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Gerardia: Bristlecone pine of the deep-sea?

  • Author(s): Druffel, ERM
  • Griffin, S
  • Witter, A
  • Nelson, E
  • Southon, J
  • Kashgarian, M
  • Vogel, J
  • et al.
Abstract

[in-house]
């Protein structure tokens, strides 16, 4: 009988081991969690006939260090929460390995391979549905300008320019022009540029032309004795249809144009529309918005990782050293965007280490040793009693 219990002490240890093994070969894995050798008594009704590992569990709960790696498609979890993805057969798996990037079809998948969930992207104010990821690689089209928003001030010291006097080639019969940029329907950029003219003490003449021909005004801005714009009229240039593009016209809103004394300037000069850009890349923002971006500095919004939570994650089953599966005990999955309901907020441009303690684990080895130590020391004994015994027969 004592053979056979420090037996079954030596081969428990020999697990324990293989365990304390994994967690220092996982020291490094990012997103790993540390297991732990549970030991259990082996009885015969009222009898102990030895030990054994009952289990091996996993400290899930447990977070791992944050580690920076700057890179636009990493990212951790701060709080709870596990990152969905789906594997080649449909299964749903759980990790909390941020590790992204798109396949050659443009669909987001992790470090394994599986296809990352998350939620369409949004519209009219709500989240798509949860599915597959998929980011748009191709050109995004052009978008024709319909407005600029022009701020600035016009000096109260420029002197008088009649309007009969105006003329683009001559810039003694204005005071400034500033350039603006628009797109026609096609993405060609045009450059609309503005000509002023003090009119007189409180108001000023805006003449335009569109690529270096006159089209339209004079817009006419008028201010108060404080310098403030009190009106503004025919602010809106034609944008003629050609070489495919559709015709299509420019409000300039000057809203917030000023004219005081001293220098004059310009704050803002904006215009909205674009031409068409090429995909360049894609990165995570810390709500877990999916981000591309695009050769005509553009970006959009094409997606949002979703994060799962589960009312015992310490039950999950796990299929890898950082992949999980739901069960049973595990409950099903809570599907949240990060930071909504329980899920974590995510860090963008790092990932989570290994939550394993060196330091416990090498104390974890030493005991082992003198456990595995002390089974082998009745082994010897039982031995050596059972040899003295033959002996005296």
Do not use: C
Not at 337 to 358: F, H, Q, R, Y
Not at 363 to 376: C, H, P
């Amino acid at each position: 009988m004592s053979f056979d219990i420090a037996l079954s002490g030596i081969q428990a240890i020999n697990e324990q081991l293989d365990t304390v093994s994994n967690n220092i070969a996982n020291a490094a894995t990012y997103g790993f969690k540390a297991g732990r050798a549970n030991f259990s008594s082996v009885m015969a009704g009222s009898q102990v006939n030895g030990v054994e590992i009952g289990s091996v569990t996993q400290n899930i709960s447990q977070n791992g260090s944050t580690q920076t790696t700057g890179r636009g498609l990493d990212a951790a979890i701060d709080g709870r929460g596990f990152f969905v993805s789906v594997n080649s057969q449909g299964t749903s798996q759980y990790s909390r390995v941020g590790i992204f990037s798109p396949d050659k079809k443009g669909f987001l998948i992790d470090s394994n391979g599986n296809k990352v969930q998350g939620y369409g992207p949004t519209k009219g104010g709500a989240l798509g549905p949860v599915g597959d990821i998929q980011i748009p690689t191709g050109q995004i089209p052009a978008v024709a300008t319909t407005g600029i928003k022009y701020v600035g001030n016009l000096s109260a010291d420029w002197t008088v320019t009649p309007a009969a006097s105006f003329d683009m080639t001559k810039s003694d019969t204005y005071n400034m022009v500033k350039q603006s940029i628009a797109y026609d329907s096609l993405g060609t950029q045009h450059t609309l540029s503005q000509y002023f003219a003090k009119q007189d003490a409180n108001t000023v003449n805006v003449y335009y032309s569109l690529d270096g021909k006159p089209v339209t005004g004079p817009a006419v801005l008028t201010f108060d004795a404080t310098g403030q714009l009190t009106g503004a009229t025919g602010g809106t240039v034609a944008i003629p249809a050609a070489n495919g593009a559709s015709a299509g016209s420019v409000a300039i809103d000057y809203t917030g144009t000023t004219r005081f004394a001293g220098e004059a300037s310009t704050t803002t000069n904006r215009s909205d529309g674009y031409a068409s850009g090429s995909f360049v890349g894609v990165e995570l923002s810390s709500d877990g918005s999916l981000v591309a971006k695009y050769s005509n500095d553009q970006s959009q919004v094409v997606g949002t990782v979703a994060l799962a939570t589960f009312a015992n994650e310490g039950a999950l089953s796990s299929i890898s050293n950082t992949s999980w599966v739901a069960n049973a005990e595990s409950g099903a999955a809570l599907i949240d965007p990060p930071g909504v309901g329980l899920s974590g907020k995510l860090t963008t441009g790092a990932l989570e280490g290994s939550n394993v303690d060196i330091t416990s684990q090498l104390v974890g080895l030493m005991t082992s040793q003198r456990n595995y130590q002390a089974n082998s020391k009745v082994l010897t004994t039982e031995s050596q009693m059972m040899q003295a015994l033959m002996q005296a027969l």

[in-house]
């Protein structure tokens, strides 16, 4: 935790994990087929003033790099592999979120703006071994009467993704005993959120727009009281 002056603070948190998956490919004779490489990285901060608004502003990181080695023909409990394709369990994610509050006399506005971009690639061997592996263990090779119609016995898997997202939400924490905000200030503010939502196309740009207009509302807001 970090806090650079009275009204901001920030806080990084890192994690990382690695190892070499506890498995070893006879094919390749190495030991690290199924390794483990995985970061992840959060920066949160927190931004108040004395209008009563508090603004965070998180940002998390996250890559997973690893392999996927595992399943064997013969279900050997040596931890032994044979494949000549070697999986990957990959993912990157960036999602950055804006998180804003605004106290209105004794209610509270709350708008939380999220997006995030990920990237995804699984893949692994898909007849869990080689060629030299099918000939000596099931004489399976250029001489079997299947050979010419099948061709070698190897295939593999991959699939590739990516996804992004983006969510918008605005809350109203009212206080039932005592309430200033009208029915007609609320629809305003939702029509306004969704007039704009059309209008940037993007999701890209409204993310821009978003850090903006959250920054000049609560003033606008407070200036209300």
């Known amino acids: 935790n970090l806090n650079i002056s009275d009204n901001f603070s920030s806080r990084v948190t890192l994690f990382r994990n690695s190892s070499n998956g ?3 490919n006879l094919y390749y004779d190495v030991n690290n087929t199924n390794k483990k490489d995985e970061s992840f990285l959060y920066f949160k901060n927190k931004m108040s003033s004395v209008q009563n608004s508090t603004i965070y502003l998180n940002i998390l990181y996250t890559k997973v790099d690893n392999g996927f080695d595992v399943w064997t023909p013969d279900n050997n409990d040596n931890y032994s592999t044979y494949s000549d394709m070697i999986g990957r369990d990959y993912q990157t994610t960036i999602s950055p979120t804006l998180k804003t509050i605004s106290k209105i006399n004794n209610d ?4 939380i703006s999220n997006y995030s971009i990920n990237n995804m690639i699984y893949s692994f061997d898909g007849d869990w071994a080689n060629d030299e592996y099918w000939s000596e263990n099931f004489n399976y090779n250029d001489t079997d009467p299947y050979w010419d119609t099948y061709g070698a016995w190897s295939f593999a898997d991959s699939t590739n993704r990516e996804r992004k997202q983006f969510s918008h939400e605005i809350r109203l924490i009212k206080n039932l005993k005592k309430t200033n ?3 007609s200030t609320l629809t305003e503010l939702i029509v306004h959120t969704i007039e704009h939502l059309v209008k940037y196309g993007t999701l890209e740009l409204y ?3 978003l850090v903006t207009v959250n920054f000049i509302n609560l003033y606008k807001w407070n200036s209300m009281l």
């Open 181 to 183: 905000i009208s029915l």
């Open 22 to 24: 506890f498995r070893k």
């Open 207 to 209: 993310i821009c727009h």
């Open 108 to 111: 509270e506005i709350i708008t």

We measured carbon isotope abundances in the layered, proteinaceous skeleton of a zoanthid Gerardia collected from 620 m depth off the Little Bahama Bank (27°N, 79°W). The δ 14C values decreased from -76% in the outer growth edge to an average of -267% in the center of three portions of the skeleton. These δ 14C data suggest an age for this living organism of 1800 ± 300 years. The possibility that the large decrease in δ 14C reflects the gradual input of bomb 14C over the entire growth of the organism is inconsistent with the post-bomb δ 14C values obtained for the most recent growth tips. If the age estimate of two millennia is correct, it may be the longest-lived animal yet observed in the ocean. Gerardia may serve as a long-lived recorder of ocean chemistry, similar to the Bristlecone pine tree that has served as a millennial-timescale recorder for atmospheric 14CO2 (Suess, 1980) and climate. In particular, there is potential for Gerardia to serve as a millennial-scale integrator of upper ocean particle flux, and possibly reveal past changes in the productivity of the surface ocean. © 1995.

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